Vulnerabilities of the Regime in the Fall Elections and Referendum

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Sergiu CEBAN
Maia Sandu and the ruling party have a strict plan for the presidential election and the constitutional referendum on EU accession. But the final stage of the electoral race may go awry, especially if Moscow has its say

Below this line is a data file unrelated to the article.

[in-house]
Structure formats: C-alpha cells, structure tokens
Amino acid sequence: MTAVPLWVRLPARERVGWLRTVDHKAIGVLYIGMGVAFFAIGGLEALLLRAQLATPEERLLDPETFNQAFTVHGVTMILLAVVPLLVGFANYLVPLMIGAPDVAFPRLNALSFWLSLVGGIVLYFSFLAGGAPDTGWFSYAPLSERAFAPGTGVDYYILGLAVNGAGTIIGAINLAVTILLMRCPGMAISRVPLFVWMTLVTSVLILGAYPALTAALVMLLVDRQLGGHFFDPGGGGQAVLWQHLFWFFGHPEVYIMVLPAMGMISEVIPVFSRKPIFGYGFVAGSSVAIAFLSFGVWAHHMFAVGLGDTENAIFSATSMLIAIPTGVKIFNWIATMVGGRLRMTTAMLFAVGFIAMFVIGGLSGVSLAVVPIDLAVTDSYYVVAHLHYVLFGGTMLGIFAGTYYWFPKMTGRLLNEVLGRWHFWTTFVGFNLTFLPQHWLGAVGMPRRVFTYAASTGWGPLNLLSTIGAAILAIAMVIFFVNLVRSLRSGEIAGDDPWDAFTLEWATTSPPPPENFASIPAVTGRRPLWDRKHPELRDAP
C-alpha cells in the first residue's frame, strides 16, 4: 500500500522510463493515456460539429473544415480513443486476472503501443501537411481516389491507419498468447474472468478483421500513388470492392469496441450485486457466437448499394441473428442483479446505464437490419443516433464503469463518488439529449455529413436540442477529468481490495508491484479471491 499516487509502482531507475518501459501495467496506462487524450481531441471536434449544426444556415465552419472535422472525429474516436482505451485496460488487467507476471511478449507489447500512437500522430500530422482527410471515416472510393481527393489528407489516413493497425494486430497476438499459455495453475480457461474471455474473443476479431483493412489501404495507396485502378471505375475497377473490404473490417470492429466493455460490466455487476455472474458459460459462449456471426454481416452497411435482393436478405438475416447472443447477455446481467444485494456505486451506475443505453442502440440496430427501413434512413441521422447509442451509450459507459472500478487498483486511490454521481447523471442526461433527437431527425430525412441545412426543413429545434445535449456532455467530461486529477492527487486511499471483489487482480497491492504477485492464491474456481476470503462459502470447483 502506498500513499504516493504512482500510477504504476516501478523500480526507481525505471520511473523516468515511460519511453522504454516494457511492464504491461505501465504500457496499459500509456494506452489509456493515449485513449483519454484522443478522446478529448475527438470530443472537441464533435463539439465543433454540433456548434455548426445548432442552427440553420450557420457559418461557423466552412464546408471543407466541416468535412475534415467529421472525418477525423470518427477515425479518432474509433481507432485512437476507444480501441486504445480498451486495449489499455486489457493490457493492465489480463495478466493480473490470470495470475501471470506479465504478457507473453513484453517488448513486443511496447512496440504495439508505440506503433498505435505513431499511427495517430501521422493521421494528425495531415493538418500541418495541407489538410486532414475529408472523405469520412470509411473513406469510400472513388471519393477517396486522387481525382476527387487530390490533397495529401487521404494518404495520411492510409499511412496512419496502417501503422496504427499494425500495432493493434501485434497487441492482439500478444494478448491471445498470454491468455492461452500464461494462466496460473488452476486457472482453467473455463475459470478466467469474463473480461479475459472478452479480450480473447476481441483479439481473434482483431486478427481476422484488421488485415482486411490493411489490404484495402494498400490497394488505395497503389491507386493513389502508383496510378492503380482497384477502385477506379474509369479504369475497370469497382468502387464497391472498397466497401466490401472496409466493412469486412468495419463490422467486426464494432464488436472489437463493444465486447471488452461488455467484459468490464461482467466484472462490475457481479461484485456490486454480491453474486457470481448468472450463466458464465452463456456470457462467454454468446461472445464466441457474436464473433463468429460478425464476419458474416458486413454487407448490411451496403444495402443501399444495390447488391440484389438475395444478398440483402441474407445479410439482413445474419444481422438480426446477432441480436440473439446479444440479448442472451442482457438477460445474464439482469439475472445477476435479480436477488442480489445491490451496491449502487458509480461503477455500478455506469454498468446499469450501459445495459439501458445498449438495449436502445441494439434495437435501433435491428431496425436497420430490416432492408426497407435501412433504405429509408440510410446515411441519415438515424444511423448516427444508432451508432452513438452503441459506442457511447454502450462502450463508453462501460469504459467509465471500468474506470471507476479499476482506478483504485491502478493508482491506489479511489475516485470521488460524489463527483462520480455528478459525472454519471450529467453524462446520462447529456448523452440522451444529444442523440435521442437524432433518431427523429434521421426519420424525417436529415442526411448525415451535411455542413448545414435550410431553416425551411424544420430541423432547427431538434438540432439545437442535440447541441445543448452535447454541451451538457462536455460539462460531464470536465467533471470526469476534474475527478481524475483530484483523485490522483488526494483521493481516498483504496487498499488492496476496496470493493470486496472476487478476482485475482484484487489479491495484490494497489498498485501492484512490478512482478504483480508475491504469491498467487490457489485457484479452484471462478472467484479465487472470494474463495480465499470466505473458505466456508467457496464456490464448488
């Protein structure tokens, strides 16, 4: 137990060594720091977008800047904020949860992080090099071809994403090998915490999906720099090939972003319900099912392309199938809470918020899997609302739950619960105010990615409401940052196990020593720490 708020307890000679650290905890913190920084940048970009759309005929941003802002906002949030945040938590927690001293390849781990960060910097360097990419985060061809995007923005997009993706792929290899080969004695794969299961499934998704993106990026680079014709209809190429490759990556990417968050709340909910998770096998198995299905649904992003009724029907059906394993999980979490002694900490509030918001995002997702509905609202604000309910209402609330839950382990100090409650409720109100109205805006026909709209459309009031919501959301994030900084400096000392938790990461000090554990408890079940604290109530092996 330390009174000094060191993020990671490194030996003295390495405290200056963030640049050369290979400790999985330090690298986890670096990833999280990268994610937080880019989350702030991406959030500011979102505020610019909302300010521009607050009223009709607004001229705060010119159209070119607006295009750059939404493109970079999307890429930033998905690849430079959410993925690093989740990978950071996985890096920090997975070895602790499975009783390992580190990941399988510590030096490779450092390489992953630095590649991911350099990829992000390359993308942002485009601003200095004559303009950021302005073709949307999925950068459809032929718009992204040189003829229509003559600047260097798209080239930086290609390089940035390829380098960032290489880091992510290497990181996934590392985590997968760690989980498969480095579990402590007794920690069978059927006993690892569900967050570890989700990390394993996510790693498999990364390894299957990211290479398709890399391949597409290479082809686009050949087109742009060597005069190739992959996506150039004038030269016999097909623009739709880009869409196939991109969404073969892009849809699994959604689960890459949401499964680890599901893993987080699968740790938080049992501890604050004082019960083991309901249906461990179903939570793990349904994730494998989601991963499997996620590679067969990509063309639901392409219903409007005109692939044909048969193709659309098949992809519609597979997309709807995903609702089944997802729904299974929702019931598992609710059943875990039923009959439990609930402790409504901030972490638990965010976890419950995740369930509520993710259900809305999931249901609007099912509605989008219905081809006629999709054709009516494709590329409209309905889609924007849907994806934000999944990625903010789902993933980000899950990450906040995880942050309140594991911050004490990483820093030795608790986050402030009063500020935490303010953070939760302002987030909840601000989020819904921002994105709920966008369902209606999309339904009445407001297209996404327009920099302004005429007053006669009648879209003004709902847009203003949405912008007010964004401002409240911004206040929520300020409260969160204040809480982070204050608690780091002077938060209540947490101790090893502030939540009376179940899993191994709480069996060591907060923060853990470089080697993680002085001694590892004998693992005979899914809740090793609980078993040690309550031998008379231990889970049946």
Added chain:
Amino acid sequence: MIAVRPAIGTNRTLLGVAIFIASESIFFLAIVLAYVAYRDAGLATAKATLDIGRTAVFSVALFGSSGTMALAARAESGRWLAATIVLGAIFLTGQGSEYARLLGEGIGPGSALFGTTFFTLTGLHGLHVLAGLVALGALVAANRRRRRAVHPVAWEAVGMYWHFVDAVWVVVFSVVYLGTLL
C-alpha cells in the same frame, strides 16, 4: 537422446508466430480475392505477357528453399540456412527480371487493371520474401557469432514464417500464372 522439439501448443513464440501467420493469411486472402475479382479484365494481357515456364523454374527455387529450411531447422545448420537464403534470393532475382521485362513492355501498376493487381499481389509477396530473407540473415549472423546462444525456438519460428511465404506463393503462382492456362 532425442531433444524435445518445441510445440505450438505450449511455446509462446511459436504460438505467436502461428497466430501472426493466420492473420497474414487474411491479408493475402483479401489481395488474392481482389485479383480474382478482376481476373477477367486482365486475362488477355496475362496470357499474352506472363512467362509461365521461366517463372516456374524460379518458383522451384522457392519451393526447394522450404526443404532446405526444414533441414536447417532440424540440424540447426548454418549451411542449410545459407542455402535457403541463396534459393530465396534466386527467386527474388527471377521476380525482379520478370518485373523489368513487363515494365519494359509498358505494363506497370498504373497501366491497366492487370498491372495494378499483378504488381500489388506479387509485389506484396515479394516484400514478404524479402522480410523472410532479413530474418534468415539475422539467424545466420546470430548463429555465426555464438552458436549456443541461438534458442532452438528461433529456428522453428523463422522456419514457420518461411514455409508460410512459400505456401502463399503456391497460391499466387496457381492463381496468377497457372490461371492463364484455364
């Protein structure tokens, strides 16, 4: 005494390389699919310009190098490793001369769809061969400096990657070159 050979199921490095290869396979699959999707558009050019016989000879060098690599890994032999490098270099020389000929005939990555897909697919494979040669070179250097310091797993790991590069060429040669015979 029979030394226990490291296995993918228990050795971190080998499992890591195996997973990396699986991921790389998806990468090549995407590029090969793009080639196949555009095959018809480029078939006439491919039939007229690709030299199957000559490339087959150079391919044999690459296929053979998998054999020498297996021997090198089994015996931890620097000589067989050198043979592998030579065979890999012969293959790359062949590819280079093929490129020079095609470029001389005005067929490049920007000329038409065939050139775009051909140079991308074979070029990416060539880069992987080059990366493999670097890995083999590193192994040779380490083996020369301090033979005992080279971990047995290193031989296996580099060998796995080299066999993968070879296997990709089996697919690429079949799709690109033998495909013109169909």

With a little more than three months left until the presidential elections, experts are still pondering what the main forces are bracing for before the most strenuous final phase of the race, due to start by the end of summer. Choosing a new president and the constitutional referendum will cost the budget 310 million lei, although initially the expenditure part of the budget included only 250 million lei. The increase in the sum is not only because of holding the plebiscite on the same day as the elections but also due to the pilot law on postal voting for our citizens abroad in six countries. Despite the short period of time left till October 20, it is still difficult to state unambiguously what the main struggle will be like and who the main rivals will be. We do not want to accuse anyone of bias, but still some analysts are obviously very hasty in claiming that the main balance of forces is already clear. This suggests certain hypotheses regarding the voting results. Each of the electoral contestants naturally has their own goals, and most of them are not even linked to the hope of getting the presidential seat. Some follow the call of their principles and are running to give society a chance for an adequate alternative, others are trying to avoid political oblivion out of selfish motives. The rest are simply preparing for next summer’s parliamentary elections, using the presidential campaign to consolidate their positions and recognition on a national scale. That is why the list of potential nominees as of today already includes almost two dozen people and looks as motley as possible. The “single opposition candidate” project, apparently, never gained momentum. Some argue that it is too imprudent to invest all in one person, as one might be excluded from the electoral process. However, this explanation looks more like a “political excuse” on the part of the main opposition leaders, who thereby leave the room for maneuver as wide as possible and keep open the possibility of participating in the elections until the very last. Against the background of a completely disorganized opposition, Maia Sandu still looks like the main favorite, who consistently follows her electoral plan. At first glance, the increased buzz about the European direction in the official policy, supported by a number of concrete achievements and decisions, only enhances Sandu’s chances and her position both on the internal and external perimeter. Nevertheless, there is no obvious confidence among her close supporters. As her advisers admit, a first-round victory is highly unlikely, so the upcoming elections promise to be particularly challenging. The plans to create local anti-terrorist councils throughout the republic can be considered an additional indicator that the authorities are preparing for the most extraordinary electoral scenarios. Even postponement of elections is not excluded, if the referendum and Maia Sandu’s re-election are objectively jeopardized. Alas, but such a conditional “Ukrainian version of postponement” is considered by close political technologists as quite probable, including the option of simultaneous parliamentary and presidential elections next year. The most unpleasant thing for the team of the president, which plays first and holds the initiative, are unexpected surprises ahead of the elections and sudden turns of the already defined storyline influenced from outside. Thus, despite Ceban’s public renunciation of his presidential ambitions this fall, some top officials in the ruling regime see this as a shrewd strategic move to minimize the authorities’ pressure. Therefore, they leave a certain degree of probability that the capital’s mayor may unexpectedly succeed and seriously confuse the cards. The main counter-candidate in the structured picture of the electoral process according to PAS is, of course, Igor Dodon. According to the general expert opinion, he is still trying to stay away from active internal political battles and is careful in choosing words to criticize his main opponent. In return, the Socialist leader and his entourage are content with apparent immunity from any political, administrative, power and informational pressure. In all probability, Dodon is driven to the elections also by one of the interested groups in the Kremlin sending him to various international events, for example, in China. There they even organized his handshake with Xi Jinping. Thus, the PSRM leader is being promoted as a solid candidate who is in contact with global political figures. It is not clear, however, why the Russian president is shunning meetings with a figure of such magnitude. In any case, no matter who in China greets Dodon, all this plays into Sandu’s hands and helps her team generate geopolitical narratives that Dodon is not about the EU and the West at all, but about China, Russia and Asia. In addition, there is also a sense of uncertainty within the PSRM team, mainly due to the lack of unambiguity in Moscow’s position. Most likely, Igor Dodon is afraid that at some point a call may come from the Russian capital with a strict instruction to step aside in order to give way to a conditional ‘dark horse’. The very fact that the Socialist leader has been taken out of the electoral game may significantly undermine the plans of Sandu’s electoral headquarters, which will be forced to frantically model various scenarios and try to predict the most favorable one for itself. In a certain sense, such a calculation may have a much greater effect, since it is not so much a single candidate as the excitement and unpredictability on the eve of elections that can seriously unbalance the ruling regime. Confirmation that there are no centralized decisions about Dodon in Moscow is the position of Ilan Shor and his political projects. Given the popularity of the forces that make up the Victory bloc in a number of regions of the country, it is obvious that no opposition candidate can win the elections without the support of this political bloc. It is expected that the next, third in a row Victory congress is being prepared for August or September in the Russian capital, and only then the main stake of Moscow will apparently become clear. Meanwhile, one should acknowledge that Maia Sandu is not the embodiment of some universal evil for the majority of political leaders in Moldova. Moreover, some opposition individuals have an irresistible desire to put Sandu in the position of a helpless pro-Western president who cannot rely on a loyal parliamentary majority. Therefore, most Moldovan politicians are targeting the parliamentary elections without expecting any significant success in the fall electoral cycle. Perhaps, the uncertainty and hesitation observed in the presidency are also related to the fact that everyone was so carried away by Maia Sandu’s tutelage that they lost their vigilance and followed the wrong path. For all the symbolism of her victory/loss, the real goal is Moldova’s geopolitical status and the country’s strategic vector. The failure of a pro-European plebiscite will have a much more serious resonance than the loss of the incumbent president. Therefore, the appearance of the referendum was simply a gift for Moscow, which it will invest most of its forces in and, if necessary, will even play along with the PAS regime by offering Igor Dodon for another sacrifice. It is much more important for Moscow to minimize the legitimacy of the referendum by demonstrating low support for the pro-European course in various regions of the country, and, for example, the non-participation of citizens from the left bank as a factor of Moldova’s possible disintegration. All these indicators will certainly be used by Russia in its dialog with the West in the run-up to the big negotiations on the geopolitical fate of the Moldova-Ukraine post-Soviet region.